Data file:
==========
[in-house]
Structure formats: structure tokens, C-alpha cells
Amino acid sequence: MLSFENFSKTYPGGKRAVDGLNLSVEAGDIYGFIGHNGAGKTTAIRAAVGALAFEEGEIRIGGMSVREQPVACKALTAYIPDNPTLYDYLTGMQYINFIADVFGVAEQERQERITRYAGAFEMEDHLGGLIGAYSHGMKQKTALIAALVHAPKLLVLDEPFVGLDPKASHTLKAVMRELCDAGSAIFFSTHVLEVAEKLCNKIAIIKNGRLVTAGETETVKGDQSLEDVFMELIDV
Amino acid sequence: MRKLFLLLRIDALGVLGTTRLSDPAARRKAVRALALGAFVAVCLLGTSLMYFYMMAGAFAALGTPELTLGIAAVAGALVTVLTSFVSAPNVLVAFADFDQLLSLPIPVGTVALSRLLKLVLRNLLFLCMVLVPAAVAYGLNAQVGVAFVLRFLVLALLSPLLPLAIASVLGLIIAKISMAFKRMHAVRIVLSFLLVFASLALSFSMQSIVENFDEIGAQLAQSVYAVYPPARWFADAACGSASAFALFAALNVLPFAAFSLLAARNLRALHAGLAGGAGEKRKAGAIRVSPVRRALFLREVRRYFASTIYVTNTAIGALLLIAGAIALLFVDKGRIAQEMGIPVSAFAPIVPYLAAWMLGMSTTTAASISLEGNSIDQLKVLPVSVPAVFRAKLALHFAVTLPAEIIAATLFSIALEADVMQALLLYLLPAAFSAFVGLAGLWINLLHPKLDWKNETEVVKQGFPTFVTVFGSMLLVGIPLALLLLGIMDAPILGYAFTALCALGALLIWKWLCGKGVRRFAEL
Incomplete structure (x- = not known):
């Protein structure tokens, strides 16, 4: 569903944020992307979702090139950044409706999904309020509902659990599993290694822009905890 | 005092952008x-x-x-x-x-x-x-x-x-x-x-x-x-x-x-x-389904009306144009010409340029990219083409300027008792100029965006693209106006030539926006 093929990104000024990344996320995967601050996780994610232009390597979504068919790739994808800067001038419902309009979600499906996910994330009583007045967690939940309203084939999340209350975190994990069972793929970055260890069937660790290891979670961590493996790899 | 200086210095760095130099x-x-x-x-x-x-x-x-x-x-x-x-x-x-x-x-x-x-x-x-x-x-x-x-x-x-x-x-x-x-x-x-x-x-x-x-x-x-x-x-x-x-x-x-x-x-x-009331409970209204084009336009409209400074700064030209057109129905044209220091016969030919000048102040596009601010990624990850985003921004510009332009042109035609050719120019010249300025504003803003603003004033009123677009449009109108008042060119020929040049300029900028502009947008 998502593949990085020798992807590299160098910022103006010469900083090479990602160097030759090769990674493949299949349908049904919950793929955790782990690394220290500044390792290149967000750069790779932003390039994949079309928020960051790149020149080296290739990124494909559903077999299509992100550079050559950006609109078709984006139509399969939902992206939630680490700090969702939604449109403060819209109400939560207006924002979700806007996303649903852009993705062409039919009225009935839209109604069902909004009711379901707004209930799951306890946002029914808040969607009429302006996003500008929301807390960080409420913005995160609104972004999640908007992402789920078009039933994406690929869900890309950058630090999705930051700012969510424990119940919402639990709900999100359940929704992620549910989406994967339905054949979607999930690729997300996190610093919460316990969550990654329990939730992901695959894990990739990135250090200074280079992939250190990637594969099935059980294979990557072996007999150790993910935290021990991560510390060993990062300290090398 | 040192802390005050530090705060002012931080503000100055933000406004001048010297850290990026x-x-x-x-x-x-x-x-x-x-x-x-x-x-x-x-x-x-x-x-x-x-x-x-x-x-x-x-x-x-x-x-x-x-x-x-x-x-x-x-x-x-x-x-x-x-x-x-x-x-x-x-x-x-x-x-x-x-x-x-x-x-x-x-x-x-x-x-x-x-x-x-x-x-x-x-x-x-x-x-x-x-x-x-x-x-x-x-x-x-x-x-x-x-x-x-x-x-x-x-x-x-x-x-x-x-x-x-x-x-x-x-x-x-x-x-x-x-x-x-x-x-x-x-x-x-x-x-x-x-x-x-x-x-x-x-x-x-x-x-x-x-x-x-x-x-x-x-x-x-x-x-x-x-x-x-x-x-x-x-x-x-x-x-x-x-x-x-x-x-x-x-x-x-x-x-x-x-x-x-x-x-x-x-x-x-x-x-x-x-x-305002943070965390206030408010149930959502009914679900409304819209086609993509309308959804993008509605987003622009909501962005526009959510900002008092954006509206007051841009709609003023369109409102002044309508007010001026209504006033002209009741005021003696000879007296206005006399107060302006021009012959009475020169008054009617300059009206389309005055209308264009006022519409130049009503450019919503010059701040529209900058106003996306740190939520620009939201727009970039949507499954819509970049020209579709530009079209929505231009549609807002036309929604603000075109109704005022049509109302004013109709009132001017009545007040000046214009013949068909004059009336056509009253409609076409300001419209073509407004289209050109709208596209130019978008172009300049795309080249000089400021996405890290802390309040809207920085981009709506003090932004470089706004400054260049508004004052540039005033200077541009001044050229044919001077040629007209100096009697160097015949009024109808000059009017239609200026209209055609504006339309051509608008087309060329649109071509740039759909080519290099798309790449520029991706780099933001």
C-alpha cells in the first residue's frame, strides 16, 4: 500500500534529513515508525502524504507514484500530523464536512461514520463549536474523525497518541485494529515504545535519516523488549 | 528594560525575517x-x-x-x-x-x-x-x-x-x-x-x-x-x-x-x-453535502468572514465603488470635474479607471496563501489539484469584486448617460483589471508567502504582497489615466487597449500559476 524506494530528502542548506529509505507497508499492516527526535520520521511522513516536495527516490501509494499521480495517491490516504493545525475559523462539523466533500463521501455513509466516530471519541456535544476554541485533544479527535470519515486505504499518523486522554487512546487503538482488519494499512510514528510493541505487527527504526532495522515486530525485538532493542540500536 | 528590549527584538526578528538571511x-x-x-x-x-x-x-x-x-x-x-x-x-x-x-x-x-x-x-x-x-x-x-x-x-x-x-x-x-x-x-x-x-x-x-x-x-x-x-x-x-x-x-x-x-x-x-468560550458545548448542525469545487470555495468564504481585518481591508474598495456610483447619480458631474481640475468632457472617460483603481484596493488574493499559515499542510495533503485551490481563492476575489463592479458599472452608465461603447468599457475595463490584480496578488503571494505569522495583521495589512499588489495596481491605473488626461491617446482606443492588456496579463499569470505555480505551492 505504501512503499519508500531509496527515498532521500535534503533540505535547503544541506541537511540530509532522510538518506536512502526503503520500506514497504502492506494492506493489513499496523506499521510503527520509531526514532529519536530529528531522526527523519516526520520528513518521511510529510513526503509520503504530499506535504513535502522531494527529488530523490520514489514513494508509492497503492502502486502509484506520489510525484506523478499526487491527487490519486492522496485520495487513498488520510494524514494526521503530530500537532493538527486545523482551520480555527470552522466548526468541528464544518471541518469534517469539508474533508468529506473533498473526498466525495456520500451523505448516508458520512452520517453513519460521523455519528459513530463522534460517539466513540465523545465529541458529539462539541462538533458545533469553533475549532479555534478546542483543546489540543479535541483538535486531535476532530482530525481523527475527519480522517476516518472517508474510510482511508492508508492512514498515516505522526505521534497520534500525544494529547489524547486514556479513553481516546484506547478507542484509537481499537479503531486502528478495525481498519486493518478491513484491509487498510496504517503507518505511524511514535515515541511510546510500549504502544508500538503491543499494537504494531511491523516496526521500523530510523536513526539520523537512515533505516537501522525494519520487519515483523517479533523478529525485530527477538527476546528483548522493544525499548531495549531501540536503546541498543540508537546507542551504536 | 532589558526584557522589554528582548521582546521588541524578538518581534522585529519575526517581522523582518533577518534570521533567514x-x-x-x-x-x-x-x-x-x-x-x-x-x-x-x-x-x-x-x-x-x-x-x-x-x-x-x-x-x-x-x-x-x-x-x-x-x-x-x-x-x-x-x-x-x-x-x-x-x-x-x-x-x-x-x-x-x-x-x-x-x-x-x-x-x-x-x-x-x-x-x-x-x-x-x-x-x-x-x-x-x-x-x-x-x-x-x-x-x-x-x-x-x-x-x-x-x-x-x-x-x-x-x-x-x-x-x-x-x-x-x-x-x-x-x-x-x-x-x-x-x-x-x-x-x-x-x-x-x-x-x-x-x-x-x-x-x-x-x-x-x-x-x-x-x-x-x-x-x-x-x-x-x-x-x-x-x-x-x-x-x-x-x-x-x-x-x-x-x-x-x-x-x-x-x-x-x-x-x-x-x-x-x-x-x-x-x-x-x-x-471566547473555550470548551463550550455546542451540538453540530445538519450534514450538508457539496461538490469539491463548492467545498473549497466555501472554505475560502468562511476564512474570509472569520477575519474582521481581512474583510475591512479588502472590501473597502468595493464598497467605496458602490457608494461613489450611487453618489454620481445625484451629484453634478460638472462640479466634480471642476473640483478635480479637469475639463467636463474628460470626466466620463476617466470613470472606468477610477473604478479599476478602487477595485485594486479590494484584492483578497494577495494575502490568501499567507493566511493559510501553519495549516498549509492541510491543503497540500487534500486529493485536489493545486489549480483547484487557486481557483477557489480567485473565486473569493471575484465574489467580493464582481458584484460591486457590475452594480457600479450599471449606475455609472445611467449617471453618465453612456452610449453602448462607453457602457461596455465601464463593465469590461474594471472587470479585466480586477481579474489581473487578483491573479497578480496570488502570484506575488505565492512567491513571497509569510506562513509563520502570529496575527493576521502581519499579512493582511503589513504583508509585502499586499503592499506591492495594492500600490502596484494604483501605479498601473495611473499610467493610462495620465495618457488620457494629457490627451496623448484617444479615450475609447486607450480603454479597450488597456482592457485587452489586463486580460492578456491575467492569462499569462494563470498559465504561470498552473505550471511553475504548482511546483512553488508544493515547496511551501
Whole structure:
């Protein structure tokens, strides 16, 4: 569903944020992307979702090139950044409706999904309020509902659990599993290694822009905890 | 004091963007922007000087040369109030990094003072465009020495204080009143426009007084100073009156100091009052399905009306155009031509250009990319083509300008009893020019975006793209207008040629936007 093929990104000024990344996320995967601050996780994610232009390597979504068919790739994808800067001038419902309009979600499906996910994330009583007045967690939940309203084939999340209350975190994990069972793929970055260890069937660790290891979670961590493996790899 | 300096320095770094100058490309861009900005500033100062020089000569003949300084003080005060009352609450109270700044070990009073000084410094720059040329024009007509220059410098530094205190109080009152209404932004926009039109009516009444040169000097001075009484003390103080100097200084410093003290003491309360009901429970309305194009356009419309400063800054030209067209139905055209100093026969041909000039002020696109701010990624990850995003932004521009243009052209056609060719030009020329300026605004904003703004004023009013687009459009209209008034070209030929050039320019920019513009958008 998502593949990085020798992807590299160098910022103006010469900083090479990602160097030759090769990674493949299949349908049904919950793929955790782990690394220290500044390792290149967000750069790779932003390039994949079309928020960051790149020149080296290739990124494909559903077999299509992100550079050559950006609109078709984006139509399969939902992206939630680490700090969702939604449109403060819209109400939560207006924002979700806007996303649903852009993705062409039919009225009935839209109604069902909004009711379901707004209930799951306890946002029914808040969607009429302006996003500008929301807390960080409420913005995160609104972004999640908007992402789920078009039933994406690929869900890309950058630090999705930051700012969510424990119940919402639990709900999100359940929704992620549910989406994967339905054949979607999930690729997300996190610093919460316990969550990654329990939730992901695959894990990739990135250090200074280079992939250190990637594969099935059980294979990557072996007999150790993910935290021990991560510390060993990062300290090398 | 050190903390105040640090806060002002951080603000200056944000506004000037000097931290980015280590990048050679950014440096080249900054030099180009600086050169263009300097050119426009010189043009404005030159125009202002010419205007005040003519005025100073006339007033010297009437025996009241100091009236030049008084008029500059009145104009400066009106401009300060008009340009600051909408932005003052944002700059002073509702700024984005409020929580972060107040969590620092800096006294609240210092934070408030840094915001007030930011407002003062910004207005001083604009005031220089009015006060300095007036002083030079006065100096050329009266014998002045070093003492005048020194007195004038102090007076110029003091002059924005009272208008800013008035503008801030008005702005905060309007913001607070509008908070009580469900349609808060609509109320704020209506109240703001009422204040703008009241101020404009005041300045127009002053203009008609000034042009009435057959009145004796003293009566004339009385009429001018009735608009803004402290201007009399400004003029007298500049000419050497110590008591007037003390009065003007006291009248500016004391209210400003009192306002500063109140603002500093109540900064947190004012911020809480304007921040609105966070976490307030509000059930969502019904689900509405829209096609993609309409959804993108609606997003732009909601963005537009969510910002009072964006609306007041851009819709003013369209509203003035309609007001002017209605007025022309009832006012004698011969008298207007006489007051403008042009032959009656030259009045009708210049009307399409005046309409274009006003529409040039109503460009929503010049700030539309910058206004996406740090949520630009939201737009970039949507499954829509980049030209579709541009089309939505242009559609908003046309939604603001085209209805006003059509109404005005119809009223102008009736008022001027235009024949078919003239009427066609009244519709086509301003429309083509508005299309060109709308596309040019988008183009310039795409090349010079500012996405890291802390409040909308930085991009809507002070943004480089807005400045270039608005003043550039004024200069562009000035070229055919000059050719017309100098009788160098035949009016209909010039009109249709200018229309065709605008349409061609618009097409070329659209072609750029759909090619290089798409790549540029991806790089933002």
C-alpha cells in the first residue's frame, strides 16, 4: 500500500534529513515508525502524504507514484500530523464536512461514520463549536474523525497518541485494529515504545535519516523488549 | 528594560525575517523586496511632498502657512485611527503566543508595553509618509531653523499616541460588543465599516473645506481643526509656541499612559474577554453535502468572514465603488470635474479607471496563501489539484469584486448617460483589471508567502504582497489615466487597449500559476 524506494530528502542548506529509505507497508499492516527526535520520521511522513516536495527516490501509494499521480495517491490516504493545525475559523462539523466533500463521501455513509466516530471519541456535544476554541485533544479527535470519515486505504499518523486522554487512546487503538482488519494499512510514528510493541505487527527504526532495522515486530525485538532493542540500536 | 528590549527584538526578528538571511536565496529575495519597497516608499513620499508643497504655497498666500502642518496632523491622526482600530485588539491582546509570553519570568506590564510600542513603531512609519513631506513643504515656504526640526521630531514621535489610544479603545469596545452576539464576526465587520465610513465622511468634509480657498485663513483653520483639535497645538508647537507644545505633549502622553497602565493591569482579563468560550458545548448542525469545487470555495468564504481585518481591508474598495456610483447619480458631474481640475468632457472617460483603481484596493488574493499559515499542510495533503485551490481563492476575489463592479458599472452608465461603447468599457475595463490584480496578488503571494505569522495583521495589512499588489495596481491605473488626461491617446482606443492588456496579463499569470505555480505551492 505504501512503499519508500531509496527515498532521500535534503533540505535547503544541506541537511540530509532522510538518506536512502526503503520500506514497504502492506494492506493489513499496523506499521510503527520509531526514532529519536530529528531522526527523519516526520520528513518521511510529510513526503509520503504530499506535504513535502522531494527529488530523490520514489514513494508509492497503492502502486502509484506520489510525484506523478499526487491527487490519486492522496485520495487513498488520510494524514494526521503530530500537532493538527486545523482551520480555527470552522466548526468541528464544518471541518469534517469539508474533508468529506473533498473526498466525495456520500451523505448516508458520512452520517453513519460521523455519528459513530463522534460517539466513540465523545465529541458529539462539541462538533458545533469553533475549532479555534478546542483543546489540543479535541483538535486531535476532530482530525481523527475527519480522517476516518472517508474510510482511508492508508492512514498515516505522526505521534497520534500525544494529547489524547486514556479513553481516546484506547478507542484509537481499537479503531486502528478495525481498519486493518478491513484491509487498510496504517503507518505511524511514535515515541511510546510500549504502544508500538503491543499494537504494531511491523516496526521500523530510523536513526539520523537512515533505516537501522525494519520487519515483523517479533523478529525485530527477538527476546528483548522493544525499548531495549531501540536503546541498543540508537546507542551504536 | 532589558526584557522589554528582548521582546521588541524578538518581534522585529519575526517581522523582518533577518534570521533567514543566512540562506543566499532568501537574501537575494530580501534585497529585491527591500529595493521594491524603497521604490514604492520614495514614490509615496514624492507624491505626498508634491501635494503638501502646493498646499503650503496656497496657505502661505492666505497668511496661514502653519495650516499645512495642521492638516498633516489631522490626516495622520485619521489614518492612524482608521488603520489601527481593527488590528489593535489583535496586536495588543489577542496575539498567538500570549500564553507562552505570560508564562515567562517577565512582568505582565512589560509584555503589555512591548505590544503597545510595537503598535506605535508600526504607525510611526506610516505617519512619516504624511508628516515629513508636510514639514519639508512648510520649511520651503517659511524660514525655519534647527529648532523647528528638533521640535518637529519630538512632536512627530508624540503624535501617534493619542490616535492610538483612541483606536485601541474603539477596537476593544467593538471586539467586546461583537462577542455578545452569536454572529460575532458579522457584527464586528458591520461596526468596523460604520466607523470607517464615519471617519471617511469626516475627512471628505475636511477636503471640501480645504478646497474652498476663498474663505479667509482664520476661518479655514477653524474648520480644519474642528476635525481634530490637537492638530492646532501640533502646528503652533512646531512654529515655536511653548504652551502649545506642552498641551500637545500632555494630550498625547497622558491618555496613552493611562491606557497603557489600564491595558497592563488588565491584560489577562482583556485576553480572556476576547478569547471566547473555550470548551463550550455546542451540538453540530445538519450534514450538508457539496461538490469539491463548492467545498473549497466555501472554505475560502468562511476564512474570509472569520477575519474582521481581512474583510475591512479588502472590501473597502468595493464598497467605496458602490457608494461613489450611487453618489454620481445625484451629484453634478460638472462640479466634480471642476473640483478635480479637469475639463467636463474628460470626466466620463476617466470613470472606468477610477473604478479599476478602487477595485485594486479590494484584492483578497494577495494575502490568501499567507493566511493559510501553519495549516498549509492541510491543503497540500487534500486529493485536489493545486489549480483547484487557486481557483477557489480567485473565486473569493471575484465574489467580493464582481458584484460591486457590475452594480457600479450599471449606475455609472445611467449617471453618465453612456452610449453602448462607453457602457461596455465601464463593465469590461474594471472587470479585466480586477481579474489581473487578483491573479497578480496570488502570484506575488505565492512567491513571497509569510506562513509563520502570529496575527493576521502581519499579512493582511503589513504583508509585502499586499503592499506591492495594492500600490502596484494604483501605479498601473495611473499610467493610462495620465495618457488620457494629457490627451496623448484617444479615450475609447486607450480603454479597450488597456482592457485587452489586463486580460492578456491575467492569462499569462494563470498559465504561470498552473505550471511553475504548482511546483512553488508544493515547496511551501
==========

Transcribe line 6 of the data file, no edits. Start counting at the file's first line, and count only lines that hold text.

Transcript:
């Protein structure tokens, strides 16, 4: 569903944020992307979702090139950044409706999904309020509902659990599993290694822009905890 | 005092952008x-x-x-x-x-x-x-x-x-x-x-x-x-x-x-x-389904009306144009010409340029990219083409300027008792100029965006693209106006030539926006 093929990104000024990344996320995967601050996780994610232009390597979504068919790739994808800067001038419902309009979600499906996910994330009583007045967690939940309203084939999340209350975190994990069972793929970055260890069937660790290891979670961590493996790899 | 200086210095760095130099x-x-x-x-x-x-x-x-x-x-x-x-x-x-x-x-x-x-x-x-x-x-x-x-x-x-x-x-x-x-x-x-x-x-x-x-x-x-x-x-x-x-x-x-x-x-x-009331409970209204084009336009409209400074700064030209057109129905044209220091016969030919000048102040596009601010990624990850985003921004510009332009042109035609050719120019010249300025504003803003603003004033009123677009449009109108008042060119020929040049300029900028502009947008 998502593949990085020798992807590299160098910022103006010469900083090479990602160097030759090769990674493949299949349908049904919950793929955790782990690394220290500044390792290149967000750069790779932003390039994949079309928020960051790149020149080296290739990124494909559903077999299509992100550079050559950006609109078709984006139509399969939902992206939630680490700090969702939604449109403060819209109400939560207006924002979700806007996303649903852009993705062409039919009225009935839209109604069902909004009711379901707004209930799951306890946002029914808040969607009429302006996003500008929301807390960080409420913005995160609104972004999640908007992402789920078009039933994406690929869900890309950058630090999705930051700012969510424990119940919402639990709900999100359940929704992620549910989406994967339905054949979607999930690729997300996190610093919460316990969550990654329990939730992901695959894990990739990135250090200074280079992939250190990637594969099935059980294979990557072996007999150790993910935290021990991560510390060993990062300290090398 | 040192802390005050530090705060002012931080503000100055933000406004001048010297850290990026x-x-x-x-x-x-x-x-x-x-x-x-x-x-x-x-x-x-x-x-x-x-x-x-x-x-x-x-x-x-x-x-x-x-x-x-x-x-x-x-x-x-x-x-x-x-x-x-x-x-x-x-x-x-x-x-x-x-x-x-x-x-x-x-x-x-x-x-x-x-x-x-x-x-x-x-x-x-x-x-x-x-x-x-x-x-x-x-x-x-x-x-x-x-x-x-x-x-x-x-x-x-x-x-x-x-x-x-x-x-x-x-x-x-x-x-x-x-x-x-x-x-x-x-x-x-x-x-x-x-x-x-x-x-x-x-x-x-x-x-x-x-x-x-x-x-x-x-x-x-x-x-x-x-x-x-x-x-x-x-x-x-x-x-x-x-x-x-x-x-x-x-x-x-x-x-x-x-x-x-x-x-x-x-x-x-x-x-x-x-x-305002943070965390206030408010149930959502009914679900409304819209086609993509309308959804993008509605987003622009909501962005526009959510900002008092954006509206007051841009709609003023369109409102002044309508007010001026209504006033002209009741005021003696000879007296206005006399107060302006021009012959009475020169008054009617300059009206389309005055209308264009006022519409130049009503450019919503010059701040529209900058106003996306740190939520620009939201727009970039949507499954819509970049020209579709530009079209929505231009549609807002036309929604603000075109109704005022049509109302004013109709009132001017009545007040000046214009013949068909004059009336056509009253409609076409300001419209073509407004289209050109709208596209130019978008172009300049795309080249000089400021996405890290802390309040809207920085981009709506003090932004470089706004400054260049508004004052540039005033200077541009001044050229044919001077040629007209100096009697160097015949009024109808000059009017239609200026209209055609504006339309051509608008087309060329649109071509740039759909080519290099798309790449520029991706780099933001």